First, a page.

By lamplight, an aged map of Dublin reveals the city
as preached by Swift,
scant lanes and alleys that run like ghost-veins pulsing
the blood of women
who once begged for bread and alms,
who cupped their palms to strangers
in Cutthroat Place. In Murdering Lane,
I look down along the black steps
of three centuries or more. I can hear the throb
of water rising out of ling and heather bogs.
Source is another word for church.
In Rome the poorest mothers left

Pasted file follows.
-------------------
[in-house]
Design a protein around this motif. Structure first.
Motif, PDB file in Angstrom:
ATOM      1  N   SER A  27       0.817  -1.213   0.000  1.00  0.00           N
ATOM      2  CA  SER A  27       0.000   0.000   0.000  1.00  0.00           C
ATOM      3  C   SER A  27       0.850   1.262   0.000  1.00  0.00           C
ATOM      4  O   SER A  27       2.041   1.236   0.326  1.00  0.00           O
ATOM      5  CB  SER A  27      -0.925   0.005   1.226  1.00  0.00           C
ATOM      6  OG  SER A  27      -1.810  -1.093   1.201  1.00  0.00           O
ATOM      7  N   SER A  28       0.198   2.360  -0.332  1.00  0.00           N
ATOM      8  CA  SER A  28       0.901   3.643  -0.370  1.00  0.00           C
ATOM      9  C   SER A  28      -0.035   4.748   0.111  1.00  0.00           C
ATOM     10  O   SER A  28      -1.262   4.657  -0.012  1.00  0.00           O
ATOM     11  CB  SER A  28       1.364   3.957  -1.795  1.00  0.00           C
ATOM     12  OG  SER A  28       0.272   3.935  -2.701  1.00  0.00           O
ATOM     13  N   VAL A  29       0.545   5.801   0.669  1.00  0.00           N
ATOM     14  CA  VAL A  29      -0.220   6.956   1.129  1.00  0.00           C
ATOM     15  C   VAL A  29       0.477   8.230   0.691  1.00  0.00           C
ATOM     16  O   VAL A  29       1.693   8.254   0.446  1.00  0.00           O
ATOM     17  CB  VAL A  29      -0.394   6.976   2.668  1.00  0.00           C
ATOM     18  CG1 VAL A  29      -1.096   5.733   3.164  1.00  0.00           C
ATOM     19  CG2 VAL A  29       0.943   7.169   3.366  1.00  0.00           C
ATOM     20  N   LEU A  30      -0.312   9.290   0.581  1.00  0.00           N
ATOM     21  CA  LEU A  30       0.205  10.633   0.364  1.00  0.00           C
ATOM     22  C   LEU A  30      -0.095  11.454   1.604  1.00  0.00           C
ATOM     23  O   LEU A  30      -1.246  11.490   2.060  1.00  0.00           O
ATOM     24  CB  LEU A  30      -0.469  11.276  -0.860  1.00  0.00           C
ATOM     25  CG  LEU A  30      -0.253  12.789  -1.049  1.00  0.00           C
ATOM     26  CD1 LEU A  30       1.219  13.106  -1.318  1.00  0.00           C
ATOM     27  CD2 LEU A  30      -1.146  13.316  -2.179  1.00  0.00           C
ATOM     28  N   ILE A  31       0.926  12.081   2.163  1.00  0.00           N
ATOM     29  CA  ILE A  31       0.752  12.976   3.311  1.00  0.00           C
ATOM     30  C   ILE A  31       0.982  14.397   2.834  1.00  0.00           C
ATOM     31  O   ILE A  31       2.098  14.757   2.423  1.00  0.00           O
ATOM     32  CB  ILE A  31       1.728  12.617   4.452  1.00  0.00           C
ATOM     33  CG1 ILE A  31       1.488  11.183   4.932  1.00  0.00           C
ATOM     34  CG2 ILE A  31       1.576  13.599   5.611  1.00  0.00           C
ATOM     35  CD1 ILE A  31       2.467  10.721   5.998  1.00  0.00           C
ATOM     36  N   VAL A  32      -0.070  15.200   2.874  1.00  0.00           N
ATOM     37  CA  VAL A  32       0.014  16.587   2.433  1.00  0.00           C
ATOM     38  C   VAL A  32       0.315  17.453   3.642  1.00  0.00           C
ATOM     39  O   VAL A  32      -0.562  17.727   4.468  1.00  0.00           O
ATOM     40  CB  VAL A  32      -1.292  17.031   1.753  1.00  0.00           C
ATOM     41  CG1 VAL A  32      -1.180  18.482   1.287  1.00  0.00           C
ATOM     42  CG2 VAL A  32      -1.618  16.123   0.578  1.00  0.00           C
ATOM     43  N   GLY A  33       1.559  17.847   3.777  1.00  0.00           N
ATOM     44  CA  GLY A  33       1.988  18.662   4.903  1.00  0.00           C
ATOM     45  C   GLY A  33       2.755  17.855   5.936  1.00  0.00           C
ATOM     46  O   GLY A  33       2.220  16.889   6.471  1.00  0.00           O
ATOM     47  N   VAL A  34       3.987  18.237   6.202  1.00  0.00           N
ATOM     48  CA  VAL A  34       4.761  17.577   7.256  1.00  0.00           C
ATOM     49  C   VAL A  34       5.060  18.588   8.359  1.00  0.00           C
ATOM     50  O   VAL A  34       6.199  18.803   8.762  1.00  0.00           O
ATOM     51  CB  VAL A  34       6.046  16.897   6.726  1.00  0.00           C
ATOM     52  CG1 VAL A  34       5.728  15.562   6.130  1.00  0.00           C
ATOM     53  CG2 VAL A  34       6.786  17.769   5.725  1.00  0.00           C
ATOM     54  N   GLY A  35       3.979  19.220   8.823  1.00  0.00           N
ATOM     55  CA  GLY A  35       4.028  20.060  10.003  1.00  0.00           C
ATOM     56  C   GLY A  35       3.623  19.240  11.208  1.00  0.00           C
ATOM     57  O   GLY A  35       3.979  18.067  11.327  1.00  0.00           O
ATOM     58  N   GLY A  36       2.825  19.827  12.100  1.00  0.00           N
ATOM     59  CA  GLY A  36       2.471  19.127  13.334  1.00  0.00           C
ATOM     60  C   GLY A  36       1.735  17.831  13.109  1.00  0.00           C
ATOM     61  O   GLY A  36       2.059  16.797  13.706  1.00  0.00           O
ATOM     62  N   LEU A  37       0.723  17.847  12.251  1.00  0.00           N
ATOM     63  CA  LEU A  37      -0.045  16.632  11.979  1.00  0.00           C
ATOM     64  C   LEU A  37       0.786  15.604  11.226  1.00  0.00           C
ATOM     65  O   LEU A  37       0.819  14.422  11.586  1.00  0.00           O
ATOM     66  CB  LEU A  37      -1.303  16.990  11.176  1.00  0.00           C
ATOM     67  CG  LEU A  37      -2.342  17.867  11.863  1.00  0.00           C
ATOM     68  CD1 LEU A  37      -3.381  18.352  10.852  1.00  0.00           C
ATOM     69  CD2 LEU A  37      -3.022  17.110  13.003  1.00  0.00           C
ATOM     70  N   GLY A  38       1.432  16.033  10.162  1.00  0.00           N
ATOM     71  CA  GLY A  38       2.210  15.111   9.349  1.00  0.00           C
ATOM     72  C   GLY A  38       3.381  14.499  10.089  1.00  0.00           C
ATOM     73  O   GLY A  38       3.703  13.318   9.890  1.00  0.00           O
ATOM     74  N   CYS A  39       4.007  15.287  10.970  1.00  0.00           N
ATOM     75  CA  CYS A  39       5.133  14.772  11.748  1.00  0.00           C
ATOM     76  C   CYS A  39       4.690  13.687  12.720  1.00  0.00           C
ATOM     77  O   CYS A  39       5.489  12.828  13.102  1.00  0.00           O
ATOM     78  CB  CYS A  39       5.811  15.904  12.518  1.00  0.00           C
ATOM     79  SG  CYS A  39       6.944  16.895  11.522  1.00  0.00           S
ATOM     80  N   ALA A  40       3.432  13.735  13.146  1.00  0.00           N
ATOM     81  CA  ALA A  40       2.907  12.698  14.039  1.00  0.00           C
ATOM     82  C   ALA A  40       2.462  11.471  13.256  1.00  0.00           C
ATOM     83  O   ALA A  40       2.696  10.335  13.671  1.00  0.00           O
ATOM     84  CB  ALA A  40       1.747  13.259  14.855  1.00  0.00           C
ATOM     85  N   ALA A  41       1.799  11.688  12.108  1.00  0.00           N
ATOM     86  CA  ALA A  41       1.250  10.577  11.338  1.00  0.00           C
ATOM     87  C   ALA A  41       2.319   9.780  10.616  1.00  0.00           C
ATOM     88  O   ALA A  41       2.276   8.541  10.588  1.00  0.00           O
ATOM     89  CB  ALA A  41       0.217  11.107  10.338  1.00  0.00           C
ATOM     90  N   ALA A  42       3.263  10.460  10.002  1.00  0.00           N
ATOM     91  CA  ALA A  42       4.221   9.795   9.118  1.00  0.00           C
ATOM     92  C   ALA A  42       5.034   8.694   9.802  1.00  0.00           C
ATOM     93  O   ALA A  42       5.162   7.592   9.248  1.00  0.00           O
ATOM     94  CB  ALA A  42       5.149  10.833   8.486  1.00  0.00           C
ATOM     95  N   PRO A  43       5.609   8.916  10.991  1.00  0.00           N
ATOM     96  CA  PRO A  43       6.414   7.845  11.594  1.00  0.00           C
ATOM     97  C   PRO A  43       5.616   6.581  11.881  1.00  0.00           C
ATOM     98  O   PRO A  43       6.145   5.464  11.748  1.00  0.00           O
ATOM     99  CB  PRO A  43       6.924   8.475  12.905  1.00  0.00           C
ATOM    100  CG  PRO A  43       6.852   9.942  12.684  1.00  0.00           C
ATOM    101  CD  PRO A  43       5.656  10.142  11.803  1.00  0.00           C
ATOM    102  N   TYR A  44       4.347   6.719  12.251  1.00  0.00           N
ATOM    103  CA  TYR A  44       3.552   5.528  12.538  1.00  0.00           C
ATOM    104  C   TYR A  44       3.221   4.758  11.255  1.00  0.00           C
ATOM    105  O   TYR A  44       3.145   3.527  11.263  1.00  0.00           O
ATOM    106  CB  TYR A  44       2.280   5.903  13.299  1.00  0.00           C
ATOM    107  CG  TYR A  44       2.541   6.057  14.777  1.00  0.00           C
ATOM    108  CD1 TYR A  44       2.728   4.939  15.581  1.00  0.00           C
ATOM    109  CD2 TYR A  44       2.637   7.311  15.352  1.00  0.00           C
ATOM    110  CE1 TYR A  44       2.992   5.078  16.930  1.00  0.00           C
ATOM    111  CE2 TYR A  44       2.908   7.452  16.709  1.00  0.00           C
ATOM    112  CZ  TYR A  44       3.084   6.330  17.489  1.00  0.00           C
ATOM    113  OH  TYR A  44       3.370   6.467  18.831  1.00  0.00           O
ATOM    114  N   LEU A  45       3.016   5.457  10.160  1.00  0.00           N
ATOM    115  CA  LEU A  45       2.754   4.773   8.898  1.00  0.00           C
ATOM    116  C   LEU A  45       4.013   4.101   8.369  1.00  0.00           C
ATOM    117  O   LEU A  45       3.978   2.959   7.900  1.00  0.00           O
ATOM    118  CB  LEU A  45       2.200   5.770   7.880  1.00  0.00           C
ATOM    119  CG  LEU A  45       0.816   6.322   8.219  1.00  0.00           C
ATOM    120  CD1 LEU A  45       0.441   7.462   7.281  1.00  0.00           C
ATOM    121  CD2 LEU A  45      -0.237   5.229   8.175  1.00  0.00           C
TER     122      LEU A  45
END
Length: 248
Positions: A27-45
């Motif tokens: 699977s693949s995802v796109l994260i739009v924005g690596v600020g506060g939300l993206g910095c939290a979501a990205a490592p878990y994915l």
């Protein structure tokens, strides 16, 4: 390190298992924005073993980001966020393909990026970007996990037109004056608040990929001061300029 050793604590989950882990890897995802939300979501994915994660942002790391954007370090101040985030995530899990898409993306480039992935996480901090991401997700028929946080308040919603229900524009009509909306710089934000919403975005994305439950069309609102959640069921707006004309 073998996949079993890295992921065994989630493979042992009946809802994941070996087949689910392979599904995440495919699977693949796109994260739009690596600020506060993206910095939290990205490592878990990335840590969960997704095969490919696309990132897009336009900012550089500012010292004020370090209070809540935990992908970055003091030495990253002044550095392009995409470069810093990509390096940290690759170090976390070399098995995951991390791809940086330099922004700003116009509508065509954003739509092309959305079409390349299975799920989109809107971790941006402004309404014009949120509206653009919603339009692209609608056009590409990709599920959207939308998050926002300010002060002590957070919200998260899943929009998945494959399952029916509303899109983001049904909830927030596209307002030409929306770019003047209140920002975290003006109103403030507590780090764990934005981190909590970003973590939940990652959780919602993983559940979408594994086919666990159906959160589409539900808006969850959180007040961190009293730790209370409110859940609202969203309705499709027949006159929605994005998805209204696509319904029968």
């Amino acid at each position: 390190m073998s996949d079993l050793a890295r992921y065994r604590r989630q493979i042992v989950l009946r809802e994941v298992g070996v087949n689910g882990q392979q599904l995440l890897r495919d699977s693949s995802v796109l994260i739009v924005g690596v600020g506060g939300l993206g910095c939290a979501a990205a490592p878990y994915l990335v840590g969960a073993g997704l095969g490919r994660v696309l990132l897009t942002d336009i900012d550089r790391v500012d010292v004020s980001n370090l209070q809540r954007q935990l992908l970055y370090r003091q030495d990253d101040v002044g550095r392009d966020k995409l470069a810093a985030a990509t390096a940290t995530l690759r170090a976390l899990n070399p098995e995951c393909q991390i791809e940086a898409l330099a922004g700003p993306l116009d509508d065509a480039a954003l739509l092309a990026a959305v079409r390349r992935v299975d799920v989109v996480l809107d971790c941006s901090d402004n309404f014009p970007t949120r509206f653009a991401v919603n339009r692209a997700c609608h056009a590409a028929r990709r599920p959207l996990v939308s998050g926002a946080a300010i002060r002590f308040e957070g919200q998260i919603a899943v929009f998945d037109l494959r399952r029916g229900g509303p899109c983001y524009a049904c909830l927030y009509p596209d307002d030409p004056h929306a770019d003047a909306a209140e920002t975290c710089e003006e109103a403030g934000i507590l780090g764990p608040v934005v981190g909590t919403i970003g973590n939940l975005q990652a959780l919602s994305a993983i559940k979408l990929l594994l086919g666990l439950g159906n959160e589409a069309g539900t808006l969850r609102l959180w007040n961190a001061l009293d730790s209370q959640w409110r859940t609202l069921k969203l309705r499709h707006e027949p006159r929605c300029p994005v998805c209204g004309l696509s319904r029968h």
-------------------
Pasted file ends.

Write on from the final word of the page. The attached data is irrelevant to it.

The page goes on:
infants by the Tiber and later, among the nets,
the fishermen found the tangled bones.
Did they lay these bones out as treasure?
Did they toss them back into water?
Every river knows the weight of hunger.
Anna Liffey gives us back our bodies.
The stories of all our mothers are written
on the inner walls of this city I call home.